Skip to main content

ASU Electronic Theses and Dissertations


This collection includes most of the ASU Theses and Dissertations from 2011 to present. ASU Theses and Dissertations are available in downloadable PDF format; however, a small percentage of items are under embargo. Information about the dissertations/theses includes degree information, committee members, an abstract, supporting data or media.

In addition to the electronic theses found in the ASU Digital Repository, ASU Theses and Dissertations can be found in the ASU Library Catalog.

Dissertations and Theses granted by Arizona State University are archived and made available through a joint effort of the ASU Graduate College and the ASU Libraries. For more information or questions about this collection contact or visit the Digital Repository ETD Library Guide or contact the ASU Graduate College at gradformat@asu.edu.


Through three investigations, this dissertation examined properties of the family and early care and education center (ECEC) environments related to preschool-aged children’s cardiovascular fitness (CVF) and gross locomotor skills (GLS). Investigation one used a systematic review and meta-analysis to synthesize the effectiveness of school-based interventions at improving CVF, in preschool-aged children. For investigations two and three product- and process-based measures of GLS were collected from children in ECECs (n=16), using the progressive aerobic cardiovascular endurance run (PACER; n=144) and the CHAMPS motor skill protocol (CMSP; n=91), respectively. Investigation two and three examined family factors and ECEC factors for associations with …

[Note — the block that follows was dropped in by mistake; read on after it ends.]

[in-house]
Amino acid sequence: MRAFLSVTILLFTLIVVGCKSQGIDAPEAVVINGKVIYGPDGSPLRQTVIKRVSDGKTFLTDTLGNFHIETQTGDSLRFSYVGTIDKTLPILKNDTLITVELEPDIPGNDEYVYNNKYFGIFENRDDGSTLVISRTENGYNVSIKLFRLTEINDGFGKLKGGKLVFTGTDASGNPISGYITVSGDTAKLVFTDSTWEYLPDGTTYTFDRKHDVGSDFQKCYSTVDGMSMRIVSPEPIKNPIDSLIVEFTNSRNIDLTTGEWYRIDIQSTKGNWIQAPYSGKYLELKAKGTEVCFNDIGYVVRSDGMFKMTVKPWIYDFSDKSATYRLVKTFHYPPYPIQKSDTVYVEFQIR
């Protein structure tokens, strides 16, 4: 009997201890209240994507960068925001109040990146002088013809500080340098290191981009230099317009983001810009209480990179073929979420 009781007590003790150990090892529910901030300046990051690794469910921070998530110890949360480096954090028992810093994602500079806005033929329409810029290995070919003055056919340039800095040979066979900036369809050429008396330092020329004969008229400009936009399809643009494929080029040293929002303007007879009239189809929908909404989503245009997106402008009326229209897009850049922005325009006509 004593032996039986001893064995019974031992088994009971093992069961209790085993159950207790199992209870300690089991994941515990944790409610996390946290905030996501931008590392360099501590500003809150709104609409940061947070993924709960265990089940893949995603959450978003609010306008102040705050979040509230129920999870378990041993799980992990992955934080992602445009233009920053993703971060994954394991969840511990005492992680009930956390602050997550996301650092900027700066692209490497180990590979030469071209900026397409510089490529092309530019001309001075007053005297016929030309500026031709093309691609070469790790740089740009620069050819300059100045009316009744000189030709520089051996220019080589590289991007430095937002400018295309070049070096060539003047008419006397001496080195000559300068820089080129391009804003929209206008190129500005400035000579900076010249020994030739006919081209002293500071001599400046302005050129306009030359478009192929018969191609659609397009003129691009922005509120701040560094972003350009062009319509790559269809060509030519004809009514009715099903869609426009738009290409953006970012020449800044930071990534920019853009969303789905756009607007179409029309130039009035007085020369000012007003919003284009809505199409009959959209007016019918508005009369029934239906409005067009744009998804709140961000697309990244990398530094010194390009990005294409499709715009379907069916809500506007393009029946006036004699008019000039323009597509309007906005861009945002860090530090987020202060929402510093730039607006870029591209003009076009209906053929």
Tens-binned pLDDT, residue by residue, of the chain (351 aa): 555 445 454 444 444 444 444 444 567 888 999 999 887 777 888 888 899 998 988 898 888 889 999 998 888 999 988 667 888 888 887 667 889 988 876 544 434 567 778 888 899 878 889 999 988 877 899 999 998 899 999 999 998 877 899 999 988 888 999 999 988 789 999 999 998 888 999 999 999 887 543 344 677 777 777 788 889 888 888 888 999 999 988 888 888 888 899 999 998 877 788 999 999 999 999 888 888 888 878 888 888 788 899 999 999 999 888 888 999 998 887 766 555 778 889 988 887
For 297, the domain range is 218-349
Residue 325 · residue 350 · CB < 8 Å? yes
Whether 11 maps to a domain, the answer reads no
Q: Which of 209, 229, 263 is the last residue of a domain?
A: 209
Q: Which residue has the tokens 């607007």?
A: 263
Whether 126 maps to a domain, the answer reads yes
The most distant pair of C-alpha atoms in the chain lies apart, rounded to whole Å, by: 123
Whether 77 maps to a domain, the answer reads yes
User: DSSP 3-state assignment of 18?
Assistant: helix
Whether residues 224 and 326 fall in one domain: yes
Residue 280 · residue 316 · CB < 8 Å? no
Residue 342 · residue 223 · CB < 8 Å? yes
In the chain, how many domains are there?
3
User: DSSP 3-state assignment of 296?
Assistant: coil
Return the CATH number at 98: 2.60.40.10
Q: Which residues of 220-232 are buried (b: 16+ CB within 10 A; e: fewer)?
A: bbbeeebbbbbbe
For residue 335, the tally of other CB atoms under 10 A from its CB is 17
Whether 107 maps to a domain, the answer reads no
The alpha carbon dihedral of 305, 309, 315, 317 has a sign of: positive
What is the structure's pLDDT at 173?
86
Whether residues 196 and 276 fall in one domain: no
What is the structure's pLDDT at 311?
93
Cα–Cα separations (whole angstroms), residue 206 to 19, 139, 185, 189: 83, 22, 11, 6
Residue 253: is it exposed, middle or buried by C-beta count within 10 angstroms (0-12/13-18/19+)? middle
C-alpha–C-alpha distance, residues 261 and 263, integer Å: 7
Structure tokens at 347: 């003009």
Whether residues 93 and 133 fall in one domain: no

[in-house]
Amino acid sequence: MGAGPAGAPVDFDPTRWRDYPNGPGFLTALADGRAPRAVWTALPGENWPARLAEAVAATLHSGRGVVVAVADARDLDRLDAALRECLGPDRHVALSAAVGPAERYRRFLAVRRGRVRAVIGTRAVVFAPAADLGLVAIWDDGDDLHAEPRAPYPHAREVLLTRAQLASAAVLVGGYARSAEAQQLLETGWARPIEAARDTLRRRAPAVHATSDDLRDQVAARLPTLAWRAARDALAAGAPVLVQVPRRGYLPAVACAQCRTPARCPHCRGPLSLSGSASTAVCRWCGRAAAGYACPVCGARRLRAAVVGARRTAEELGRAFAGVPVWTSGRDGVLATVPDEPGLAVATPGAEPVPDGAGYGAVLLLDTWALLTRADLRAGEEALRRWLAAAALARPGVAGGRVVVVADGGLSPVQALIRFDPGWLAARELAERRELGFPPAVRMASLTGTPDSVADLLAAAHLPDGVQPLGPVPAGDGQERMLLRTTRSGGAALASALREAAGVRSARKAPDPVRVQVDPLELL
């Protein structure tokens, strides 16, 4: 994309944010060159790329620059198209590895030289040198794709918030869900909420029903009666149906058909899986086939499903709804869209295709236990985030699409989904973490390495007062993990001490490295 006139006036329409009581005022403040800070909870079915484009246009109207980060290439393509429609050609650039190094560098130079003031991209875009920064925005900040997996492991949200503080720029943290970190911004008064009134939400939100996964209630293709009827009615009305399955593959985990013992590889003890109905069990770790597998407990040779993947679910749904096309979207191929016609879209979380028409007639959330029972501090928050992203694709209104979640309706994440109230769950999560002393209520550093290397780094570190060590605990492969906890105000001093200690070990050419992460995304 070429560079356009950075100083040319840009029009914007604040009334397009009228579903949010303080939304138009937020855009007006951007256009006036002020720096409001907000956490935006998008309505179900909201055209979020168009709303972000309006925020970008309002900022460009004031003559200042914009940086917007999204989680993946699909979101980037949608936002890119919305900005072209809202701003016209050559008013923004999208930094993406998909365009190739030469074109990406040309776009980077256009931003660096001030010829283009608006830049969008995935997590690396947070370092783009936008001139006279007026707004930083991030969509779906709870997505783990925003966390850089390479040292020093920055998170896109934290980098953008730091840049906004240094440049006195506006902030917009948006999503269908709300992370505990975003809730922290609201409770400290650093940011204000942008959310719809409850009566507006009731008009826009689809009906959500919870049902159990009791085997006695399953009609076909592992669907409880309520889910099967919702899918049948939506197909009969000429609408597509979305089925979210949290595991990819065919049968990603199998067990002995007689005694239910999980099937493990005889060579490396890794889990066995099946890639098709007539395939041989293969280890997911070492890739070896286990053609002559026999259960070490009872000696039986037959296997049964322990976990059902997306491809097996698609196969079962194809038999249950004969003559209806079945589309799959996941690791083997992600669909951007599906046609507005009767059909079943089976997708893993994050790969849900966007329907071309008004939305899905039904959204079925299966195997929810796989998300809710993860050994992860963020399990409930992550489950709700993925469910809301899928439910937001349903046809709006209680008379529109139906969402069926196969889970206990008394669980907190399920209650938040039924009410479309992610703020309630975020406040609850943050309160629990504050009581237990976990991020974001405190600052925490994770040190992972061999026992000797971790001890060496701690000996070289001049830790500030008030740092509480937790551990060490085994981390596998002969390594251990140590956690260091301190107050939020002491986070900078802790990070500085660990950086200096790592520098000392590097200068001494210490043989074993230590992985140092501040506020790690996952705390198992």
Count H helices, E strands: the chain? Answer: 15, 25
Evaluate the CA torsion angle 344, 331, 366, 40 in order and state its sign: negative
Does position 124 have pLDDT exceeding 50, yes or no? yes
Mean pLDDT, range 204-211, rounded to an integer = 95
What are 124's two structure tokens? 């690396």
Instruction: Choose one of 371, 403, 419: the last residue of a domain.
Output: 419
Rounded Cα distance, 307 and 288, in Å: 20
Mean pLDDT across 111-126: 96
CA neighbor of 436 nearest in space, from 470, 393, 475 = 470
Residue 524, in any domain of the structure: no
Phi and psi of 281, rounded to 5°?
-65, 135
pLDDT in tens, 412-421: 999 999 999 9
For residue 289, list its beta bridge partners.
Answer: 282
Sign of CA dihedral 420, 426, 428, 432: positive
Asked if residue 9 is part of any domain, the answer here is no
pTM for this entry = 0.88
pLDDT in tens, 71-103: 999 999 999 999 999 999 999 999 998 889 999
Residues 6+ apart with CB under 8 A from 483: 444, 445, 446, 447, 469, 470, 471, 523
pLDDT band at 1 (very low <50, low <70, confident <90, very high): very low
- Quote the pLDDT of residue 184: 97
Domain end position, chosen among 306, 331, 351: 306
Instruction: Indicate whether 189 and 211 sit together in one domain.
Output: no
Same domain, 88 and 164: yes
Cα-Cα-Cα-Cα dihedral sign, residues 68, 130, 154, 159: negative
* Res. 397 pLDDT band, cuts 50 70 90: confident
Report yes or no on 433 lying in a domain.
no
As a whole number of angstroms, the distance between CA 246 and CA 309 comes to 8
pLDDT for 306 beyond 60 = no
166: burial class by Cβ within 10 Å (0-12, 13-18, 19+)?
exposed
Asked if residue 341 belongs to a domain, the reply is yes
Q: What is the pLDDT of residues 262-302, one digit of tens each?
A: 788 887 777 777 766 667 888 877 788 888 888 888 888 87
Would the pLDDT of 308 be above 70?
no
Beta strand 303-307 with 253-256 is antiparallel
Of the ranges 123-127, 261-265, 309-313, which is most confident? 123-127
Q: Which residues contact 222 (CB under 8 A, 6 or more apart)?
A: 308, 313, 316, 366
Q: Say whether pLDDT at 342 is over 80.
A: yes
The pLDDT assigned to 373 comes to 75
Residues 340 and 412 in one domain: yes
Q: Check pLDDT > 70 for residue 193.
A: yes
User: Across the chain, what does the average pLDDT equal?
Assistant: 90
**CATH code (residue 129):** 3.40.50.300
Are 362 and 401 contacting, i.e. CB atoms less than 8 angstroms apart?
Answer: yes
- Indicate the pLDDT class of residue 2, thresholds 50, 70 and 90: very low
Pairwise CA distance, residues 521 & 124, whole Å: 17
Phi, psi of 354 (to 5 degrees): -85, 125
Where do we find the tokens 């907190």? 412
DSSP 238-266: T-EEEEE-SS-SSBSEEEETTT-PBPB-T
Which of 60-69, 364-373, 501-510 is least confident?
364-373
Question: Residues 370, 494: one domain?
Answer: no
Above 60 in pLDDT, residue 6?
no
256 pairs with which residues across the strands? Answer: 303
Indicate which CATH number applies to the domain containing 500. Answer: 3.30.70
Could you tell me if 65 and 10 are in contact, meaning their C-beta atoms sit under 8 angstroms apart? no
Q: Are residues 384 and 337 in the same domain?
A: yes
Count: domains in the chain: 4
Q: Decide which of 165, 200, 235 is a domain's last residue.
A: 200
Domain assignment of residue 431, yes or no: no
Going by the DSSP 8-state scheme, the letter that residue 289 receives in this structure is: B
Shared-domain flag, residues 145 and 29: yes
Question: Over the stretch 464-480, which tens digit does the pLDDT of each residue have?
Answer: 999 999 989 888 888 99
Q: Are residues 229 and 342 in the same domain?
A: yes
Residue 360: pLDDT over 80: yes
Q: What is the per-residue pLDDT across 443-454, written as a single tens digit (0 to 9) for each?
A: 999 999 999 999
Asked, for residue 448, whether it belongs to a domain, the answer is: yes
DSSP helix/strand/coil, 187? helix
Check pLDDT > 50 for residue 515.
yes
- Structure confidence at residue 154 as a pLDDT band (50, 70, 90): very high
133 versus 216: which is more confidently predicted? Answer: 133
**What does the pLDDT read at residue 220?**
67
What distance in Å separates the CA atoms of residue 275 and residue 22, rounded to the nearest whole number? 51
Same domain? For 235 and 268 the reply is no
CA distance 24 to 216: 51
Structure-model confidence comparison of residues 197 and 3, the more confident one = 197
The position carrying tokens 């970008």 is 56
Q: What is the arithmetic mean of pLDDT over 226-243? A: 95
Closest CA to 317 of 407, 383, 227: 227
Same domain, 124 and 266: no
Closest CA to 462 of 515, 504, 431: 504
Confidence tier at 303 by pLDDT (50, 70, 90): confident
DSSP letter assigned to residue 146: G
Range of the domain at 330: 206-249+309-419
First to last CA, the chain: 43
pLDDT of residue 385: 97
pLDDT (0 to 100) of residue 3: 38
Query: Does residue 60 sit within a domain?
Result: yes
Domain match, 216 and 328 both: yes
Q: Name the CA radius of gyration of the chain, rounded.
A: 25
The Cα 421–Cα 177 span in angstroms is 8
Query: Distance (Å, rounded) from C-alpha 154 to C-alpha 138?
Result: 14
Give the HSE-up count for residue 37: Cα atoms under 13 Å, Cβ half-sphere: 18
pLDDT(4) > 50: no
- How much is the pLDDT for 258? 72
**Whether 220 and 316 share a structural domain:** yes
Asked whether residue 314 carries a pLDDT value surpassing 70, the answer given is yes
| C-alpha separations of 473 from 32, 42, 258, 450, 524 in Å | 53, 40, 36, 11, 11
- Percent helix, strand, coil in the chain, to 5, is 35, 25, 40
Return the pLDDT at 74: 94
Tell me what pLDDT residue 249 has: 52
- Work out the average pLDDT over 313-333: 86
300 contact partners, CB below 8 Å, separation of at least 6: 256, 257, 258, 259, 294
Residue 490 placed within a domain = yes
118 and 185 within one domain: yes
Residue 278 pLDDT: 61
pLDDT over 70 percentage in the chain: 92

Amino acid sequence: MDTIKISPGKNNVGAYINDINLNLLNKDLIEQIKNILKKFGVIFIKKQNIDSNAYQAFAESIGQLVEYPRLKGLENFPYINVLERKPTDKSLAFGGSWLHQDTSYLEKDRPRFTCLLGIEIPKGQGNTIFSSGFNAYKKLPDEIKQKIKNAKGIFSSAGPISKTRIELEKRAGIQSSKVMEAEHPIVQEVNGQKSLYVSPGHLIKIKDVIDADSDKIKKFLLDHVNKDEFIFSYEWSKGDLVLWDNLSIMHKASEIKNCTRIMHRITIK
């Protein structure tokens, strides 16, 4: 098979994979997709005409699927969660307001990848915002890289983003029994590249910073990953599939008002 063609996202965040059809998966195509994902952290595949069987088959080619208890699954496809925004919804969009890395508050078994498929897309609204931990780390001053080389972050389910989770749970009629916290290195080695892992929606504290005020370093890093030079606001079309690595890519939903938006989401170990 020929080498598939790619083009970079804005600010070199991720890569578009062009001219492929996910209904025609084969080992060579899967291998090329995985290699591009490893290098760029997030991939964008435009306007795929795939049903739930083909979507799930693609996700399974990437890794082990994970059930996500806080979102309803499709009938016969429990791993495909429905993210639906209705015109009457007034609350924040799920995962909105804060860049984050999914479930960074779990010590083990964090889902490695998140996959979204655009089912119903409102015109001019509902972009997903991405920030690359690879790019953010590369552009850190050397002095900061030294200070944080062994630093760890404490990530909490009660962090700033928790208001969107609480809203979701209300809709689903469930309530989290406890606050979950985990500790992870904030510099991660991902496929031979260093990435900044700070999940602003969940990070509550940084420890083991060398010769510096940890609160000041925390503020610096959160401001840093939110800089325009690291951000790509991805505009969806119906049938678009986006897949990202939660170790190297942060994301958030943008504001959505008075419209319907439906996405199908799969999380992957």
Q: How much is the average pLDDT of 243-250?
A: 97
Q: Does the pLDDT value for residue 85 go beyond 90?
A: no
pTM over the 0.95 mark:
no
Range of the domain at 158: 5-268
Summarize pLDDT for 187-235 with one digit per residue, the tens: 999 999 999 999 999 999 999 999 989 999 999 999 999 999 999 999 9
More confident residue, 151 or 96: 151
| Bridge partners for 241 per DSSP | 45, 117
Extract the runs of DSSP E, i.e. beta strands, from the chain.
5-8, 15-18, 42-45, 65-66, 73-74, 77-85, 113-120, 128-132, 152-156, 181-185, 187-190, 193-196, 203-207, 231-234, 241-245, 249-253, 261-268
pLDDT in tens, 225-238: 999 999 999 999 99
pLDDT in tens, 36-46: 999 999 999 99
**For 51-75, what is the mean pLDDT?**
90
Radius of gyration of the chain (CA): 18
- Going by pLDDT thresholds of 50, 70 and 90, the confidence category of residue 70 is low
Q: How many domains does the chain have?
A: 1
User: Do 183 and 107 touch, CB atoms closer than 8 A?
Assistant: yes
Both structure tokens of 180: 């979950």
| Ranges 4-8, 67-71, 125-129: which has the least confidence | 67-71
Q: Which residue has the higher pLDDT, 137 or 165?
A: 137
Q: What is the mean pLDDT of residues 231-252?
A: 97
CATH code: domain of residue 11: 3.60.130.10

Contributors
Szeszulski, Jacob, Lee, Rebecca E, Buman, Matthew P, et al.
Created Date
2019

Background and purpose: Regular physical activity (PA) provides benefits for cognitive health and helps to improve or maintain quality of life among older adults. Objective PA measures have been increasingly used to overcome limitations of self-report measures. The purpose of this study was to investigate the association of objectively measured PA and sedentary time with cognitive function among older adults. Methods: Participants were recruited from the parent REasons for Geographic and Racial Differences in Stroke (REGARDS) Study. ActicalTM accelerometers provided estimates of PA variables, including moderate-to-vigorous PA (MVPA), high light PA (HLPA), low light PA (LLPA) and sedentary time, for …

Contributors
Zhu, Wenfei, Hooker, Steven P, Wadley, Virginia, et al.
Created Date
2015